Month: November 2022

Agent of chaos

Hoaxed review

Production company – Tortoise Media

Rating –

Hoaxed logo

When it comes to factual podcasts, there are a few big players. Pushkin Industries is the one that immediately springs to mind, but one I was unaware of until relatively recently was Tortoise Media. I first heard of them when the presenter of the excellent Londongrad podcast was interviewed on the radio. That particular series blew my mind, so when I saw this podcast advertised, I dutifully subscribed.

So what’s it about?

Two children spoke out and told a story about how they were abused by satanists. These otherwise normal children recounted horrific crimes including cannibalism, sexual abuse and murder. The perpetrators of these despicable acts included local clergy, parents and school teachers. This may sound like something from 17th century New England, but this happened in 2014. In London.

As news of this spread all over the world, tempers flared in those who look to get angry about such things. People came to Britain to try and get “justice” for the children, and uncover the high-level conspiracy of silence. Could this be final proof of the global cabal of the reptilian overlords child trafficking?

Well no. The problem is that it was all a hoax. And this is where the real story starts. What possessed (pun slightly intended) two children to accuse innocent people of such awful crimes? And more to the point, how did this outlandish tale get so much traction? This is the point of the podcast.

As the series progresses, the truth comes to light, and the real people pulling the strings are exposed, as is the long lasting damage they caused to innocent people.

Is it any good?

In cases like this, I’m almost hesitant to say that it’s good. The facts behind the story are awful, and the emotions of (almost) everyone involved is apparent. For this reason, I would put it in the same league as Hunting Warhead. Hoax or not, this isn’t really a series to listen to if you’re triggered by such things. 

However, what is good is everything else. The research and journalism is faultless. The real need to try and get the reasons for the whole debacle, whether a fool’s errand or not, is absolutely necessary, and it is quickly becoming a Tortoise Media trademark.

Final thoughts

There seems to be a glut of “satanic panic” podcasts recently, and I will be carrying on this thread soon enough. I find it fascinating how otherwise rational people can get so fixated on what is nothing more than medieval grade religious hysteria. Not only that, but the actions of a few can convince so many into believing such things.

Another thing that is apparent in these cases is the real disregard for the very real harm done to people who get caught up in the furore. Mud sticks, and to be wrongly accused of anything, let alone such hideous crimes is not something I can fathom dealing with.

Tortoise Media is really producing some amazing content at the moment, and I can’t wait for the next story. 

You can get Hoaxed here:

https://www.tortoisemedia.com/listen/hoaxed/

Or wherever you get your podcasts.

Compact and bijou Mostyn

Tiny Terrors review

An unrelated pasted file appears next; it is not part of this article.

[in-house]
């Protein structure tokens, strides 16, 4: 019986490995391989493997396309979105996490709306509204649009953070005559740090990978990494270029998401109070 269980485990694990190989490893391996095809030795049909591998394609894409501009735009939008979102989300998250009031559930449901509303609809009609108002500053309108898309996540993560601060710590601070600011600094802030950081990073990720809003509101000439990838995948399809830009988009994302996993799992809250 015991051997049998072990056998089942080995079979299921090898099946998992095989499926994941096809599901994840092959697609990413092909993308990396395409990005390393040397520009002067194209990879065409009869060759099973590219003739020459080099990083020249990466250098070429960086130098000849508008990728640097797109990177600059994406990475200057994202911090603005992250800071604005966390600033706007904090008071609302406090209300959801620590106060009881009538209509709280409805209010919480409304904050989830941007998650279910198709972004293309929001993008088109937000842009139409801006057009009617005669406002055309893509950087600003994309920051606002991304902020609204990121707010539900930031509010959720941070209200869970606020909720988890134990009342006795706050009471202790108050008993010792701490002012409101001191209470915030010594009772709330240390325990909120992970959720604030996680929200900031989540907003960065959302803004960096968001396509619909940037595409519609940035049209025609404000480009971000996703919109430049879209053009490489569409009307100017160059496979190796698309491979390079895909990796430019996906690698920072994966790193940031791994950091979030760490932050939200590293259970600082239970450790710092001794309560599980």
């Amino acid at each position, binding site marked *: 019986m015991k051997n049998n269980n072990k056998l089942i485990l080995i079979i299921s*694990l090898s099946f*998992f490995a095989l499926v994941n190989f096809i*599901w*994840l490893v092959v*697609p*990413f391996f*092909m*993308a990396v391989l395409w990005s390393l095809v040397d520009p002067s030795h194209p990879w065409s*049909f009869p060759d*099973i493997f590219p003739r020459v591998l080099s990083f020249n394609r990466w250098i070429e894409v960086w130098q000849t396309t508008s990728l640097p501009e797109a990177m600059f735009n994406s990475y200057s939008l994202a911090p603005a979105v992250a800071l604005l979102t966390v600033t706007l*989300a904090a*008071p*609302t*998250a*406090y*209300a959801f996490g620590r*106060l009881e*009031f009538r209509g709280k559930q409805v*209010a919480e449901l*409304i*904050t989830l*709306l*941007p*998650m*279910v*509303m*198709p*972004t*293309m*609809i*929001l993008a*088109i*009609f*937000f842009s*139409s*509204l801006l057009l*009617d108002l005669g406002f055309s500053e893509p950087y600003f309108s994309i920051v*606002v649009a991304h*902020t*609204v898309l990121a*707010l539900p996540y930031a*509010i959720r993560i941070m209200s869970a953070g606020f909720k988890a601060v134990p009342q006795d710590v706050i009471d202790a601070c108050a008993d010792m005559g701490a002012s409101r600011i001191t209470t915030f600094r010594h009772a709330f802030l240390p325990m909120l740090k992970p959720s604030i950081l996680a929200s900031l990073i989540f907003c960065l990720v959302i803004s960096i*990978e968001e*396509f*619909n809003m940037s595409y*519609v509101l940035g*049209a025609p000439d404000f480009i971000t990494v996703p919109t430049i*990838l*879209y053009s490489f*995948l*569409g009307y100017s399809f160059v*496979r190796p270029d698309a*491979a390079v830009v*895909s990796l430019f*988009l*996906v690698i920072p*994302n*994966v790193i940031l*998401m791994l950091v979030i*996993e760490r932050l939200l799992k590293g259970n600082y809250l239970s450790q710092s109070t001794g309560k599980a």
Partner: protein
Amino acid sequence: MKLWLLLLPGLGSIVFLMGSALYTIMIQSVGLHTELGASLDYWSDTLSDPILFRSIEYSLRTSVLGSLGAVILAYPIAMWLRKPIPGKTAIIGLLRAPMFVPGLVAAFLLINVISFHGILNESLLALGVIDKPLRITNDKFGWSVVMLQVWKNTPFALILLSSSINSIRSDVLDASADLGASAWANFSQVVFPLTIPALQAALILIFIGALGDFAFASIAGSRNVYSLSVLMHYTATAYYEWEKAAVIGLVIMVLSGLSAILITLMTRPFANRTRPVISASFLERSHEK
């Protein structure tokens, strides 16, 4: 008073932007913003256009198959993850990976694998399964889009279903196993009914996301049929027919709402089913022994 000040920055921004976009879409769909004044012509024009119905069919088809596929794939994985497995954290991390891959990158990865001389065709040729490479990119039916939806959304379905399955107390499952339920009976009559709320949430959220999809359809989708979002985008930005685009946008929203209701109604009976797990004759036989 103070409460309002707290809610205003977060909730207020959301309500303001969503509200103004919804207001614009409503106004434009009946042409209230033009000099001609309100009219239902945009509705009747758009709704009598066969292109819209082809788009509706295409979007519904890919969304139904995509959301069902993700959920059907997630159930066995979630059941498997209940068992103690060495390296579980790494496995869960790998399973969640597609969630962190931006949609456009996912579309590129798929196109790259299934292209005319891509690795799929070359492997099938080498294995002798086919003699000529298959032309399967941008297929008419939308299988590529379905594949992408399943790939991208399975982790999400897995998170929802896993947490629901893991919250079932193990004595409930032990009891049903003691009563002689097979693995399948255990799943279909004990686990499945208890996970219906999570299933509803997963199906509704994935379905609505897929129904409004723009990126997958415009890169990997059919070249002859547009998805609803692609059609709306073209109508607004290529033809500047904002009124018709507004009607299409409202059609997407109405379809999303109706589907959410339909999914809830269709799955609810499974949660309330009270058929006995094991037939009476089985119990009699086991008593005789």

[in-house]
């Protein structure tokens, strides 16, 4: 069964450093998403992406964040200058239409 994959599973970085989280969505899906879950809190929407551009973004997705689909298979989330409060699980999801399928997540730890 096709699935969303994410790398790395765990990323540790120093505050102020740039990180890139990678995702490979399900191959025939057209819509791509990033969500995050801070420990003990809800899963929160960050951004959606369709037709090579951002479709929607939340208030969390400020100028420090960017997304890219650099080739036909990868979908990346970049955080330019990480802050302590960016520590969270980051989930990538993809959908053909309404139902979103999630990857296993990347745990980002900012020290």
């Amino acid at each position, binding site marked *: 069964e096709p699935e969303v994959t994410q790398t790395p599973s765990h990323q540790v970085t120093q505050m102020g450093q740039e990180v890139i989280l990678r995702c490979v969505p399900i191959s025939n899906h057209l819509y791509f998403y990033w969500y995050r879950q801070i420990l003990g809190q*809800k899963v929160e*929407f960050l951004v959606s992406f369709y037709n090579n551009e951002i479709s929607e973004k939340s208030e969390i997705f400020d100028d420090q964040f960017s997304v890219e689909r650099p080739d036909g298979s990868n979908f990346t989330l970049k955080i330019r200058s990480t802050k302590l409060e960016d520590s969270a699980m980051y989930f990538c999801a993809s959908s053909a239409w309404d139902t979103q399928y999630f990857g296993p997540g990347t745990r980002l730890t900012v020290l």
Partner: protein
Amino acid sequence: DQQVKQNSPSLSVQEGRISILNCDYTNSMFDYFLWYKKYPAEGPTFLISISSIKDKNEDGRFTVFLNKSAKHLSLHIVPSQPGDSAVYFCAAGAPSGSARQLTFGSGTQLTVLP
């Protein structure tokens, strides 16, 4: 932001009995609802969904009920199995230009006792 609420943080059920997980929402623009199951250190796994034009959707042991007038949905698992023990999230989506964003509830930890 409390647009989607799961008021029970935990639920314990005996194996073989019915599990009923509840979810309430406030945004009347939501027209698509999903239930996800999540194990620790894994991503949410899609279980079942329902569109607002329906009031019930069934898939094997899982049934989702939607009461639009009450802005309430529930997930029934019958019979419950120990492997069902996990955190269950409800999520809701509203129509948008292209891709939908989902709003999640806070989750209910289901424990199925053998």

Production company – Rusty Quill

Rating –

tiny terrors logo

Almost a year go now, my very first review was of The Magnus Archives. This is still possibly my all time favourite podcast. At the time, I bemoaned the fact that it had spawned a multitude of imitators of varying quality. I stand by that opinion (mainly because it’s still true). But, you may ask, what does that have to do with this? Are these terrors of which you speak tiny by name and nature, or are they genuinely the stuff of nightmares? Well, read on and I’ll tell you.

So what’s it about?

The Tiny Terrors exchange is an swap shop for scary stories rather similar in tone to the Creepypasta website. Its origins hark back to the pre-internet days when writers would swap short stories by post. This was a sort of secret club. You could only join by being recommended by a writer already in the club, and every so often you would receive a story through the post to enjoy and review. In the digital age, and with the dawn of search engines, this secrecy was lost somewhat, although the exclusivity, and therefore quality was retained.

In each episode of the podcast, the employees of the exchange read a story and record it on tape. Running parallel to these recordings of weird fiction are stirrings of more sinister machinations just out of sight of the main plot, and soon the reality of the characters starts getting very strange indeed.

Is it any good?

I really like this one. It’s my favourite Magnus-alike series, and the side plot is reminiscent of The Storage Papers. Although, comparing it to either of these podcasts directly is a bit of a cop out, it’s more than capable of standing up on its own two feet.

Cole Weavers (I can spell his name, even if the Rusty Quill website can’t!) has done a stirling job with the writing. The characters are very likable and thanks to the voice cast, very believable. Regarding the acting, for the most part, it is great, and I love to hear familiar voices in there too. The individual stories are also very well written indeed. There are some incredibly strange nuggets of weird fiction to enjoy, so much so that I would rate this a five even if it was a straight anthology horror series.

Final thoughts

As I said, there are many, many podcasts out there now with a very similar premise. Tiny Terrors however, wears its Magnus Archives badge with pride. Not only is it by Rusty Quill, and as I said, there are a few familiar voices, even Jonathan Sims makes an appearance doing a very good Garth Marenghi impression, intentional or not.

I’ll be honest, despite me praising Rusty Quill to everyone, not all their podcasts appeal to me. In fact I’ve heard trailers to some that I have deliberately avoided. I guess this is only to be expected. Despite having a high success rate entertaining this podcast addict, I suppose 100% is too much to expect. You really should check this one out as soon as you can.

You can get Tiny Terrors here:

https://rustyquill.com/show/tiny-terrors/

Or wherever you get your podcasts 

Where have you been all my life?

Curious Matter Anthology

Rating –

curious matter anthology logo

As any collector will tell you, the joy of collecting is the accumulation of your chosen items rather than getting any use from them. This is certainly true of my podcast list, which despite growing almost exponentially, never seems to get any shorter.